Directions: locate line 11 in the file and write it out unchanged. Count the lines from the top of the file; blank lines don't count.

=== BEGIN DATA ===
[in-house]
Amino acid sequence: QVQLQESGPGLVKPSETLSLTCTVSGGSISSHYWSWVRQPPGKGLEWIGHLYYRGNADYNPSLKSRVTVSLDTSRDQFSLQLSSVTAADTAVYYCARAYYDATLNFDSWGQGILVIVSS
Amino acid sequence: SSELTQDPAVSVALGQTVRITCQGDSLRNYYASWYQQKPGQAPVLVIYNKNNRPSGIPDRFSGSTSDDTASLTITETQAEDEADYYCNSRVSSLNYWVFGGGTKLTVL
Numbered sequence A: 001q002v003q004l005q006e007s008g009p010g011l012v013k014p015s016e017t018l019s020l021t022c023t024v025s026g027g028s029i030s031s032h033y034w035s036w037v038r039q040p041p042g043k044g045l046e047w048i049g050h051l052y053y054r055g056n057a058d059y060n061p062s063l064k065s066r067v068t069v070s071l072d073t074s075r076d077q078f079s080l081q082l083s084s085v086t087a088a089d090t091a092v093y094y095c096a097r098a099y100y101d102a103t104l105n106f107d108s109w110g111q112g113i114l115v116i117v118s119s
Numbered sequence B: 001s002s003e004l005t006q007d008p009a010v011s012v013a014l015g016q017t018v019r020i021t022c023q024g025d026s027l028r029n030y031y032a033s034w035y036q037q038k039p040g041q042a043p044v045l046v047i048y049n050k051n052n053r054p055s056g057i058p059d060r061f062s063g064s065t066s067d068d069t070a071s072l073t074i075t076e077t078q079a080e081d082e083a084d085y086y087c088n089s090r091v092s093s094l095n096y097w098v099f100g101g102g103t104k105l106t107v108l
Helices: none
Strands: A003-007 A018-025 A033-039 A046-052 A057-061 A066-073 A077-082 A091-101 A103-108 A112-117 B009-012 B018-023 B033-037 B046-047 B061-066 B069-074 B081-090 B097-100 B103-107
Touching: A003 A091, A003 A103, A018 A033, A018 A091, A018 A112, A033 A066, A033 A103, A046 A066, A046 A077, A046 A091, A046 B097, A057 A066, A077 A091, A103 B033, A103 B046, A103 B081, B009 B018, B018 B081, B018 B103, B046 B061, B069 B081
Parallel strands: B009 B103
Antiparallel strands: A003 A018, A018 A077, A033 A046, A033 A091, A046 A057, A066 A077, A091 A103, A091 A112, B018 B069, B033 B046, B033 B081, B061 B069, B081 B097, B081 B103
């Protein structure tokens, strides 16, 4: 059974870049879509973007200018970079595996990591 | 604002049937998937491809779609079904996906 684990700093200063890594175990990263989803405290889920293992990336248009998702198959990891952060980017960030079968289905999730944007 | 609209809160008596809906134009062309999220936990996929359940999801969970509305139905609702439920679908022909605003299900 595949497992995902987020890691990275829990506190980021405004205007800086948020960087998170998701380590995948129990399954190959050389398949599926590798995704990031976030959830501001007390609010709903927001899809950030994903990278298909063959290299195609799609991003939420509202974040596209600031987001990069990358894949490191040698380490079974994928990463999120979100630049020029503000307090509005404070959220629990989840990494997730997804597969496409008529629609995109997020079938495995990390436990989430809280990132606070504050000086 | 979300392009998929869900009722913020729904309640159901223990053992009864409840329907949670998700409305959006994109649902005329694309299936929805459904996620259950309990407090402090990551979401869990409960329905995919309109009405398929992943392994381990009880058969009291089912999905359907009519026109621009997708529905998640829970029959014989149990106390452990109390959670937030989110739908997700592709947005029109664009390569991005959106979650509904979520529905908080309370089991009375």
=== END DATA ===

């Protein structure tokens, strides 16, 4: 059974870049879509973007200018970079595996990591 | 604002049937998937491809779609079904996906 684990700093200063890594175990990263989803405290889920293992990336248009998702198959990891952060980017960030079968289905999730944007 | 609209809160008596809906134009062309999220936990996929359940999801969970509305139905609702439920679908022909605003299900 595949497992995902987020890691990275829990506190980021405004205007800086948020960087998170998701380590995948129990399954190959050389398949599926590798995704990031976030959830501001007390609010709903927001899809950030994903990278298909063959290299195609799609991003939420509202974040596209600031987001990069990358894949490191040698380490079974994928990463999120979100630049020029503000307090509005404070959220629990989840990494997730997804597969496409008529629609995109997020079938495995990390436990989430809280990132606070504050000086 | 979300392009998929869900009722913020729904309640159901223990053992009864409840329907949670998700409305959006994109649902005329694309299936929805459904996620259950309990407090402090990551979401869990409960329905995919309109009405398929992943392994381990009880058969009291089912999905359907009519026109621009997708529905998640829970029959014989149990106390452990109390959670937030989110739908997700592709947005029109664009390569991005959106979650509904979520529905908080309370089991009375």